Some fans compare Naismith with Jordi Gomez, who was the whipping boy for too many so-called fans but went on the win “Player of the Year”. It would be no surprise to see Naismith follow in the same way.

This site was set up by my son, Ned, in 2011.

He invited me to write alongside him. I had never written football stuff before. He asked me what nickname I would like to use I suggested “Jakarta Jack”, living in Indonesia at the time. After a quiet start Three Amigos Wigan took off. With Latics in the Premier League the top media companies were interested.

It was a surprise to me when ESPN, the world’s top sports media site, invited us to join them, giving feedback on Roberto Martinez’ Latics. We had to write 3-4 articles per week, published on their site and we also put it on Amigos.

Since those early days Ned has had a change in circumstances, with a young family and a demanding job. I am in regular contact with him and he so often gives me ideas for my articles. I asked him to give me his thoughts on Kal Naismith and here they are:

I think he is fascinating, and I love watching him — particularly now that his transformation is complete from winger to centre back. I didn’t like him as a winger; I did like him as a wingback, and full-back, after his performances in the second half of last season. And now I love him as a centre-back.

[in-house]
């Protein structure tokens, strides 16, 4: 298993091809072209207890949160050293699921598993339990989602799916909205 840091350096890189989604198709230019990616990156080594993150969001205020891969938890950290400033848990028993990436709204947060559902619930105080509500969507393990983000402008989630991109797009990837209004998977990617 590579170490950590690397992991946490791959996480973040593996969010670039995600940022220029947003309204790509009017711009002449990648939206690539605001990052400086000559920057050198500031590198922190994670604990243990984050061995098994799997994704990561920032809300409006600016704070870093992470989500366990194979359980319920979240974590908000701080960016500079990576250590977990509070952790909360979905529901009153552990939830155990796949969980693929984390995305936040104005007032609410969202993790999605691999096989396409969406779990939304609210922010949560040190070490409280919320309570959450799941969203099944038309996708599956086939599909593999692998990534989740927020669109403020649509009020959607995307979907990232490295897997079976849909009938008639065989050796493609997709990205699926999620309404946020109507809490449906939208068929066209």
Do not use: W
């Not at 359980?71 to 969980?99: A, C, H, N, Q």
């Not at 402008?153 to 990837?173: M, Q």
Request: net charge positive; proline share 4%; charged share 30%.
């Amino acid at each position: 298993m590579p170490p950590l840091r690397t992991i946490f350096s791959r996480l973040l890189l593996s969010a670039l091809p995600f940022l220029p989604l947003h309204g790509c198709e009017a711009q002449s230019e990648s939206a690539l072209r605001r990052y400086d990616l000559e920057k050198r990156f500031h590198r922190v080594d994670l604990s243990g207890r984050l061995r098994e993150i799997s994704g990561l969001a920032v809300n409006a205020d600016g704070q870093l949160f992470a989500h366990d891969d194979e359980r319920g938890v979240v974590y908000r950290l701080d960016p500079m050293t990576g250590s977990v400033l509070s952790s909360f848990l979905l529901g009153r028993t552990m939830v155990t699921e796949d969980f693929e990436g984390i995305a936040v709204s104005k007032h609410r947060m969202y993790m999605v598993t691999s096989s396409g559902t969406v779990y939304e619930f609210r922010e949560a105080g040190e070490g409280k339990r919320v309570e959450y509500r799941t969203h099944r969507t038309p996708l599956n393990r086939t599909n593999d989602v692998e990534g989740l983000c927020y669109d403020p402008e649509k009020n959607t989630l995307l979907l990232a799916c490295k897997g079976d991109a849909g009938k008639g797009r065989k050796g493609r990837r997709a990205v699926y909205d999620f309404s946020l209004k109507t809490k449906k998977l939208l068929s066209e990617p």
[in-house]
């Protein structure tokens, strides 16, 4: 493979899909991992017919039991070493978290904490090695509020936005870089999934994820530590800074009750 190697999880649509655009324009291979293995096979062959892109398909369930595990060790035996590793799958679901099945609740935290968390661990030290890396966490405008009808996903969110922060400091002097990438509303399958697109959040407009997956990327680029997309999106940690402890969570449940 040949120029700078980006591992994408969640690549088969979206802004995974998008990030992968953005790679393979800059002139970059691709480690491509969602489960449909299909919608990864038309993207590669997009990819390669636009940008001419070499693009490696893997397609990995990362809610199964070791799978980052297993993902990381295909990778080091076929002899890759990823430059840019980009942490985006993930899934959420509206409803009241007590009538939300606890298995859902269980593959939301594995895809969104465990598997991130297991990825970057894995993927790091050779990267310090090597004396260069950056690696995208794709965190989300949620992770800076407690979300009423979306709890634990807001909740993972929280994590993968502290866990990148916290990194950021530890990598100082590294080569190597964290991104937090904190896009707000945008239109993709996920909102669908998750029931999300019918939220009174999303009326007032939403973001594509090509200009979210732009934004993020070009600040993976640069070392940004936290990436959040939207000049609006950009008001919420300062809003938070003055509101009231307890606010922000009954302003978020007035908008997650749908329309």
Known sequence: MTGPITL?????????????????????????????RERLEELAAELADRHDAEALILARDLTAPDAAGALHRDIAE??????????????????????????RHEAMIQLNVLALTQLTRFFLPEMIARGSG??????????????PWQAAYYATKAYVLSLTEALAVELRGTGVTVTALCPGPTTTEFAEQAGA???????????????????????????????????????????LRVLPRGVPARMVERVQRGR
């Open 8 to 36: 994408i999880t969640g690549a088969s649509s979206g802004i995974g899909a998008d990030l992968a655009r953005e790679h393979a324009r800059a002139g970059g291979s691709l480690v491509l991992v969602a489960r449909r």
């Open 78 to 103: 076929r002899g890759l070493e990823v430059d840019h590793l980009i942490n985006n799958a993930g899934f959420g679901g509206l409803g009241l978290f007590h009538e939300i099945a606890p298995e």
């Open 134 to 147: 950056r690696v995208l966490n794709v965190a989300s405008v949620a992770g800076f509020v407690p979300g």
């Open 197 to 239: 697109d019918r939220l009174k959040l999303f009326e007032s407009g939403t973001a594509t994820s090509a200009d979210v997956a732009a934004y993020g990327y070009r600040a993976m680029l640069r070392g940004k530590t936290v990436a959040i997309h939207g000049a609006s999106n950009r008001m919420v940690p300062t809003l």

Cook has made some appalling tactical decisions over the years, but he actually deserves giant praise for Naismith. The same criticism that has been levelled at his recently for sticking by senior pros out of stubbornness and loyalty, was levelled at him in the early days of Naismith. That was largely because he was being deployed as a left-winger and proving largely ineffective.

You can make an argument that Cook only discovered Naismith’s best position (at this level) by accident. First, Antonee Robinson’s injury last season, forcing him into deploying Naismith as an emergency left wing-back and left-back; and then as a centre-half, to most famous effect in that incredible away with at Leeds. But Cook had seen something in him, to warrant signing him for the Championship despite unimpressive statistical contribution at L2 level. And he has been proven right, eventually. He was a good signing.

In retrospect, I think he clearly lacked pace and dribbling to be a successful winger in the modern game. It’s easy to make comparisons in terms of playing style to David Beckham to justify his existence as a winger, but the game has changed dramatically since Beckham’s days, and there are few players of his kind playing on the wing these days. In fact, many are playing at full-back. It makes David Moyes look quite astute in his deployment of Leighton Baines as a playmaker from that position. Baines too, never had fantastic pace — but sublime technique, poise and intelligence.